Analysis by MIT researchers could lead to improved coatings using polymer-based nanocomposite materials.
Story content courtesy of MIT
A new way to analyze how coatings of tiny particles alter the properties of transparent plastic could help researchers create lightweight windows with nearly the strength of glass. The same method could also lead to high-strength, scratch-resistant coatings that could be applied to many different materials, according to the MIT researchers who developed the analysis.
Silica particles were used for the coating because they are transparent, so the finished material maintains its transparency. But silica and acrylic are not compatible. In order to overcome this obstacle, the silica was treated with other "functional groups" of molecules, changing its surface chemistry so it disperses evenly on the polymer surface.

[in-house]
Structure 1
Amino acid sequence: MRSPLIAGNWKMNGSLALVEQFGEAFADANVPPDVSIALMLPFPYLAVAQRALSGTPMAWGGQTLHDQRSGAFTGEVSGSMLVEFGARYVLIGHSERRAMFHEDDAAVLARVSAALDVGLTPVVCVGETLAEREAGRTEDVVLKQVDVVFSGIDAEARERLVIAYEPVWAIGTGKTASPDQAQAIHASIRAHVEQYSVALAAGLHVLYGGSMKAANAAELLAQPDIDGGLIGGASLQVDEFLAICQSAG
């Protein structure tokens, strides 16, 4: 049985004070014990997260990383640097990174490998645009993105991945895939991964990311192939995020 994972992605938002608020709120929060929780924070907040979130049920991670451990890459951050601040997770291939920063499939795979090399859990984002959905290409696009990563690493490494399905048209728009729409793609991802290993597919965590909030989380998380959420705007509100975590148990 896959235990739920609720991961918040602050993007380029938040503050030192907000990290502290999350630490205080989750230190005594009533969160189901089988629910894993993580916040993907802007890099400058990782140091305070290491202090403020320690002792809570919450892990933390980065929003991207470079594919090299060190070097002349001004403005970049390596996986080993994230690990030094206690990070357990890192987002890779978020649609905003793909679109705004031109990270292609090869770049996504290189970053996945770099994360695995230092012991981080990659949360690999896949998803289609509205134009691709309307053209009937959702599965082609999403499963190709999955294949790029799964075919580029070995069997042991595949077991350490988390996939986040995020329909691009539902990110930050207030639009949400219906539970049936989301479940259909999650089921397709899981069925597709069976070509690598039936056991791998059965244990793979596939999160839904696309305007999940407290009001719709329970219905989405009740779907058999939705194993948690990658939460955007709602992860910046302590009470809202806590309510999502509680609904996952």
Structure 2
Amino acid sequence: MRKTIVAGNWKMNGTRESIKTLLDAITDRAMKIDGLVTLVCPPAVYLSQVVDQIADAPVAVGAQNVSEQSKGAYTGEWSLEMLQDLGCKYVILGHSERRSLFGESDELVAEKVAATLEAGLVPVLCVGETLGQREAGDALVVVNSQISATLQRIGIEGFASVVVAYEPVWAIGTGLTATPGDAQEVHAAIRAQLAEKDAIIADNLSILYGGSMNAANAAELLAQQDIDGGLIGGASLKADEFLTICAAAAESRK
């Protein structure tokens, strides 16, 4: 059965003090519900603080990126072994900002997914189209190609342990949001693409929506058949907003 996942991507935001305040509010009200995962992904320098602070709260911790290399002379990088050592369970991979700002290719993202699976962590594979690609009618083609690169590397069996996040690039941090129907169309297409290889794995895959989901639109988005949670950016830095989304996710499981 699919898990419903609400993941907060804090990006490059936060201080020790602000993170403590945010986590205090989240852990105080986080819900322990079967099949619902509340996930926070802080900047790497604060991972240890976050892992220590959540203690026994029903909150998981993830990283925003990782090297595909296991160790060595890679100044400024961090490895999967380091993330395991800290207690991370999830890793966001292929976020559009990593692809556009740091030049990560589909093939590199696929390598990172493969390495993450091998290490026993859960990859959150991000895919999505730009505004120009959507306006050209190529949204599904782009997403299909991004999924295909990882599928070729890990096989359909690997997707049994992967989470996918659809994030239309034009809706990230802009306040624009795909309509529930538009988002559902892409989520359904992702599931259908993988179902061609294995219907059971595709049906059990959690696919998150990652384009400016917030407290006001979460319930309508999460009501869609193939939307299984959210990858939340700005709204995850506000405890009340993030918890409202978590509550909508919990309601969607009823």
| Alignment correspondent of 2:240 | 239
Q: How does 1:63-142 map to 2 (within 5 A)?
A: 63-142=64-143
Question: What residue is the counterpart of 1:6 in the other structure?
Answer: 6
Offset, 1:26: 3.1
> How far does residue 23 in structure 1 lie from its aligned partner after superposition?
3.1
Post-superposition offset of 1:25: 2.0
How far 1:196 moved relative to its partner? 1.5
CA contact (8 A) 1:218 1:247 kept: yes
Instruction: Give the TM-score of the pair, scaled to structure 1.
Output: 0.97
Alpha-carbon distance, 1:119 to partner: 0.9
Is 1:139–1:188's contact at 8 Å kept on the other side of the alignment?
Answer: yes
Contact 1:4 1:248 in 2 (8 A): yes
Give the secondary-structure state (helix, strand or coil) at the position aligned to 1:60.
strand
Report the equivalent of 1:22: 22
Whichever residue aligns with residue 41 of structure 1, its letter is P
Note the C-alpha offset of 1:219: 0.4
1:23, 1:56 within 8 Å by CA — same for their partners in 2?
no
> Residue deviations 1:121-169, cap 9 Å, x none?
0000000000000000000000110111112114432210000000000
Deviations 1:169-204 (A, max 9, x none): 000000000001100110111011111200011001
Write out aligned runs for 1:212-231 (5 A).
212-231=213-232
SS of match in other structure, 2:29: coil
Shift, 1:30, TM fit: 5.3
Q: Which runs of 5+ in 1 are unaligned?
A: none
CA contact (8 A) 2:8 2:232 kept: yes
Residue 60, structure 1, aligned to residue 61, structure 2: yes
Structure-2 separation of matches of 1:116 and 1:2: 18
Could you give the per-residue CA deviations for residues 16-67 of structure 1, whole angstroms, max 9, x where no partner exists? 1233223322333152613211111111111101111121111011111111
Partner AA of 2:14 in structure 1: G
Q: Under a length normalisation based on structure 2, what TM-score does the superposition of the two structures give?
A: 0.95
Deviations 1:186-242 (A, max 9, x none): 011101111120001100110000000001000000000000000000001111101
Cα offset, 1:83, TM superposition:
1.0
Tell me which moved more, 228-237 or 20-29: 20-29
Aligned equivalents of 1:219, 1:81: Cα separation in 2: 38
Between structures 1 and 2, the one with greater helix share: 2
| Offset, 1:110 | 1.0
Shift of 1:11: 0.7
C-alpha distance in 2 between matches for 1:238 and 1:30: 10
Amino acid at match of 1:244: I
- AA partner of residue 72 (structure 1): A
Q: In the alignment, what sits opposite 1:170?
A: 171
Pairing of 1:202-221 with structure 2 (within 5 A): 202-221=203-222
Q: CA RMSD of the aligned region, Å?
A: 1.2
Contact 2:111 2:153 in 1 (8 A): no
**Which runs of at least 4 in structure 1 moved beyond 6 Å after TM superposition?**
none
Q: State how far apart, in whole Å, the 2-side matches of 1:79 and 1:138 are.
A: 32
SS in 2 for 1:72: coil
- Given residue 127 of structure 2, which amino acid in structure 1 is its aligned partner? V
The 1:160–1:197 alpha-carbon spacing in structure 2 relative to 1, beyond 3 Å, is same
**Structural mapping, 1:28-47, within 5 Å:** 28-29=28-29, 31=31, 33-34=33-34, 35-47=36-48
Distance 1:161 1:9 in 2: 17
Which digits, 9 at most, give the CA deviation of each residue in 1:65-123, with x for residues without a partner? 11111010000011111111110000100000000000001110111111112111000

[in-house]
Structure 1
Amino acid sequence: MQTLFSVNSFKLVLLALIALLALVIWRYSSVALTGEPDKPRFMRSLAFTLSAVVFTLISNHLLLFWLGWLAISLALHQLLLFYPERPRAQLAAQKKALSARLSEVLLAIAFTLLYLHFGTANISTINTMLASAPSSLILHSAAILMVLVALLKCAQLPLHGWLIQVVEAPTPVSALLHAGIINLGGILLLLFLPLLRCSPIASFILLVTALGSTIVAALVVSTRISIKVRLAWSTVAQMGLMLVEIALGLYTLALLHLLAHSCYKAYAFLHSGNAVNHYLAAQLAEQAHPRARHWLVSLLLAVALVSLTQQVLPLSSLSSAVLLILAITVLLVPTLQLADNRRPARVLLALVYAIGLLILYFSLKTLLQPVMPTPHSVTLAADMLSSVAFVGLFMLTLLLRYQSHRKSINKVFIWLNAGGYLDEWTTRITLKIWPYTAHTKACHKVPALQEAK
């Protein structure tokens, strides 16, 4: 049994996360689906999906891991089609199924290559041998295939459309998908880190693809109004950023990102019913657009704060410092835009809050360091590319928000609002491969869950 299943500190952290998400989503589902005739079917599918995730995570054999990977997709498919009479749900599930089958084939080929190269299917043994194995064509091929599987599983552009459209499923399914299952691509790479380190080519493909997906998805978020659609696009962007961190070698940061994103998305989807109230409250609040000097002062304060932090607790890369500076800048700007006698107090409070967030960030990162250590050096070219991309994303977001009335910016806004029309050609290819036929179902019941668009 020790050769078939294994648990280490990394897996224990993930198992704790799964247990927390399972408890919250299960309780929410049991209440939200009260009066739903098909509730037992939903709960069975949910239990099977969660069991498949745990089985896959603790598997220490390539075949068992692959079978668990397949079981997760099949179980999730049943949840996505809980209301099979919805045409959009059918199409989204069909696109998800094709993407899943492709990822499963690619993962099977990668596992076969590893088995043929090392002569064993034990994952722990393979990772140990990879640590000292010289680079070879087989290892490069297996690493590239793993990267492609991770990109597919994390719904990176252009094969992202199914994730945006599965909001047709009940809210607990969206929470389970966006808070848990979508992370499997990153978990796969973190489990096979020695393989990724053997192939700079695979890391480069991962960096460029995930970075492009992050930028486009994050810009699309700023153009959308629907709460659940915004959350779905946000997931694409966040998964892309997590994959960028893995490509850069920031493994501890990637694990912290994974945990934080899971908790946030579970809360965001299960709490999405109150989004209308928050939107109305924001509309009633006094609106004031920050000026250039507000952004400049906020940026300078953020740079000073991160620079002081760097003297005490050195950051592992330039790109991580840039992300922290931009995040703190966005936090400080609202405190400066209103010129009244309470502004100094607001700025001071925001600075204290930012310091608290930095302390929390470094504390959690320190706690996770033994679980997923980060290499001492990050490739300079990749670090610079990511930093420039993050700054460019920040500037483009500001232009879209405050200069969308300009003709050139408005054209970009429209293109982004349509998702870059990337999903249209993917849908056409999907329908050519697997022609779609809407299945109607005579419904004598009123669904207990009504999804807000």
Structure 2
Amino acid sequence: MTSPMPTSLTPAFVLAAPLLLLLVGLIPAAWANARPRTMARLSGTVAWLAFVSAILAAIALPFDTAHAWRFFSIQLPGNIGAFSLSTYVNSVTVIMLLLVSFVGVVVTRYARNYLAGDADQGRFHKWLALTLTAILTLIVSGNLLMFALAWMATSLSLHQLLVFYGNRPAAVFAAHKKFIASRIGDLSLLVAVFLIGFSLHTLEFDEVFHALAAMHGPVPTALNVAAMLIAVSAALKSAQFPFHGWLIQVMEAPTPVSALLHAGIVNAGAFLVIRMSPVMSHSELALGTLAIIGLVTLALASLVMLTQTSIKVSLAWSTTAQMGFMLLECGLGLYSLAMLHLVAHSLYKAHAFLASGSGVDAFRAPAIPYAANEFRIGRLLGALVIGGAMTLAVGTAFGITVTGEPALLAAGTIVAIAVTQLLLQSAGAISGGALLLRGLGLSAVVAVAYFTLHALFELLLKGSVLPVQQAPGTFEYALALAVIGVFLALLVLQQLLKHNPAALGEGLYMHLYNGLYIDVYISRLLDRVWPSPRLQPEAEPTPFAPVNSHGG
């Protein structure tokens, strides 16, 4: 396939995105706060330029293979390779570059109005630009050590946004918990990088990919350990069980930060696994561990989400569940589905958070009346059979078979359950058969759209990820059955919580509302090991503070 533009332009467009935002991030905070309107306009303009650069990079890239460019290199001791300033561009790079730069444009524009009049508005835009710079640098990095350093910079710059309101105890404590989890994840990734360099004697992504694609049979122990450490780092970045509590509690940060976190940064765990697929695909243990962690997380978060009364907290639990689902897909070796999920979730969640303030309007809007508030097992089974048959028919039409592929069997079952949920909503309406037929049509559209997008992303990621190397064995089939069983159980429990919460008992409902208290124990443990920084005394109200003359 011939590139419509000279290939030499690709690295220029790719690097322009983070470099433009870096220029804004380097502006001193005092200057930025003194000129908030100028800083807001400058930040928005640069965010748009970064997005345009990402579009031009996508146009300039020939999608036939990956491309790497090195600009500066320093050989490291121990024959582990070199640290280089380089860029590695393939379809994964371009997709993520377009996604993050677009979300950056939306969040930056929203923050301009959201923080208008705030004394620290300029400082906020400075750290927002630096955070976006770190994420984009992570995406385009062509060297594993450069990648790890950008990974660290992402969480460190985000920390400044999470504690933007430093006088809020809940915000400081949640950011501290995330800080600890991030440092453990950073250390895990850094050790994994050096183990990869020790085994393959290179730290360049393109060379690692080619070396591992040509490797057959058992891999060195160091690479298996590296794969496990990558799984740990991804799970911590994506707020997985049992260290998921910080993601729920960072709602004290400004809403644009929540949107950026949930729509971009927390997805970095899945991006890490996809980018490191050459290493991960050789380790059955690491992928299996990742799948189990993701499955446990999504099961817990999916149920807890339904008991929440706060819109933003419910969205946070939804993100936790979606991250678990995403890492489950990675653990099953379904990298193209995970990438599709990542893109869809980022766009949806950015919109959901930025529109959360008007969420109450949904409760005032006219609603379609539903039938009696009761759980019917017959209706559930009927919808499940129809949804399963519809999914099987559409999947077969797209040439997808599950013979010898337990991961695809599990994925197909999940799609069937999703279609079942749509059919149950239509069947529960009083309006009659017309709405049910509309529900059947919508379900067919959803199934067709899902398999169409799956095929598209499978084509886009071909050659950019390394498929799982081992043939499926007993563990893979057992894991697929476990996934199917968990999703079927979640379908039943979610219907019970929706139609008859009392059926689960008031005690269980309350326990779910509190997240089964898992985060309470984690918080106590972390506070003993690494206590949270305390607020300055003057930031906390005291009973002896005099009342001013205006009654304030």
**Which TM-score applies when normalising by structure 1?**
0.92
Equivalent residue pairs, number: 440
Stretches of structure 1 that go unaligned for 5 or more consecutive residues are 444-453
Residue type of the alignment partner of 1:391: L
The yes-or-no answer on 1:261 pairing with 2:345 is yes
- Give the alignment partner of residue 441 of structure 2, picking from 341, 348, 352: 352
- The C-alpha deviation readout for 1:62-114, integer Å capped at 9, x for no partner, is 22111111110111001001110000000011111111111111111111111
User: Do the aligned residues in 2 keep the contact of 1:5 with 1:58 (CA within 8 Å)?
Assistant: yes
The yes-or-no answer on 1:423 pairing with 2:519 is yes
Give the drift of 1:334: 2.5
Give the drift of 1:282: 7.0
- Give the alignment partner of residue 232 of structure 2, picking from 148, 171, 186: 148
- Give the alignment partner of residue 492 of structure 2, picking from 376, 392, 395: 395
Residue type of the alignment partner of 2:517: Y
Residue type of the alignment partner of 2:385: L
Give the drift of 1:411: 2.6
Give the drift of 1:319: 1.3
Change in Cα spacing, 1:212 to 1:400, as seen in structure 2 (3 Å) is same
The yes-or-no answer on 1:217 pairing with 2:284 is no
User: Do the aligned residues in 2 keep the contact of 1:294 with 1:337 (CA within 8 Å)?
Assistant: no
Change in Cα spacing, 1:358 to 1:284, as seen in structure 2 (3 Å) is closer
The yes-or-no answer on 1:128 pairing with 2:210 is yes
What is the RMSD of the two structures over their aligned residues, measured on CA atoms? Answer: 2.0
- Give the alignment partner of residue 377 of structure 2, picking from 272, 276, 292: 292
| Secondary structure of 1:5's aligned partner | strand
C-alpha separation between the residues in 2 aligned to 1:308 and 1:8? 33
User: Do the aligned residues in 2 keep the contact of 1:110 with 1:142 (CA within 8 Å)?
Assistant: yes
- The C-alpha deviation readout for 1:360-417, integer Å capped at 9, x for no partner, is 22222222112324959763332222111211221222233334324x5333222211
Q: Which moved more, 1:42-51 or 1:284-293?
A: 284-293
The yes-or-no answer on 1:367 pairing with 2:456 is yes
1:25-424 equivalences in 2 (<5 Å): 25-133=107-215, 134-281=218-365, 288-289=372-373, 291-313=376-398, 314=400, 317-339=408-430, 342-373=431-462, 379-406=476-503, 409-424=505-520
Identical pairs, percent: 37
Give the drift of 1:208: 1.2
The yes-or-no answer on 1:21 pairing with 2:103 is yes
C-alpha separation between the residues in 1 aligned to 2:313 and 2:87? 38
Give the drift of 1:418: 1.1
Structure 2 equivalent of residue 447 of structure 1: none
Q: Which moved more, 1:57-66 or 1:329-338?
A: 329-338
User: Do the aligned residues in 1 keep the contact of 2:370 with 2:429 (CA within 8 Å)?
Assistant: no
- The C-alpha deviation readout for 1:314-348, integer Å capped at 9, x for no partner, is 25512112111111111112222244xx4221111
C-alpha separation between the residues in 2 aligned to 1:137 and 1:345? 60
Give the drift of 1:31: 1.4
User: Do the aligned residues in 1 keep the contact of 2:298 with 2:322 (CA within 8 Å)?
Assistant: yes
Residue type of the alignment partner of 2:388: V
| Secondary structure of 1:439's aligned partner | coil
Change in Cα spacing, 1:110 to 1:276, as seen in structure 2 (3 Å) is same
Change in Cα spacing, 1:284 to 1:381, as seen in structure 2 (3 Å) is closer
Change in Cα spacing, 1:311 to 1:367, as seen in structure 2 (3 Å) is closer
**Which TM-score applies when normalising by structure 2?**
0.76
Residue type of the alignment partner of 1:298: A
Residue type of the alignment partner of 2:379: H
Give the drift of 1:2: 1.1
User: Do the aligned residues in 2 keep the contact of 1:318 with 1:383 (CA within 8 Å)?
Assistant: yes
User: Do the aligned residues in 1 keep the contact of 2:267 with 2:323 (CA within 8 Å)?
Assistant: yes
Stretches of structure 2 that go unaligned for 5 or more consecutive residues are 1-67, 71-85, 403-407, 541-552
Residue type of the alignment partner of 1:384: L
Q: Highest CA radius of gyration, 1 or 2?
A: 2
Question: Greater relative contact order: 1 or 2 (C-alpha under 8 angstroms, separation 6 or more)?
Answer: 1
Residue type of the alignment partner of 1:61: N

The researchers then heated the polymer to soften it slightly, and used an atomic force microscope to observe the particles as they slowly sank into the surface. The resulting data allowed the team to figure out the optimal coating materials and particle densities for strengthening the polymer surface, making possible stronger window substitutes.
The analysis was carried out by Meng Qu, a postdoc in MIT's Department of Materials Science and Engineering, along with Associate Professor of Materials Science and Engineering Krystyn Van Vliet and several researchers at DuPont Nanocomposite Technologies in Delaware. The work was partly funded by the DuPont-MIT Alliance.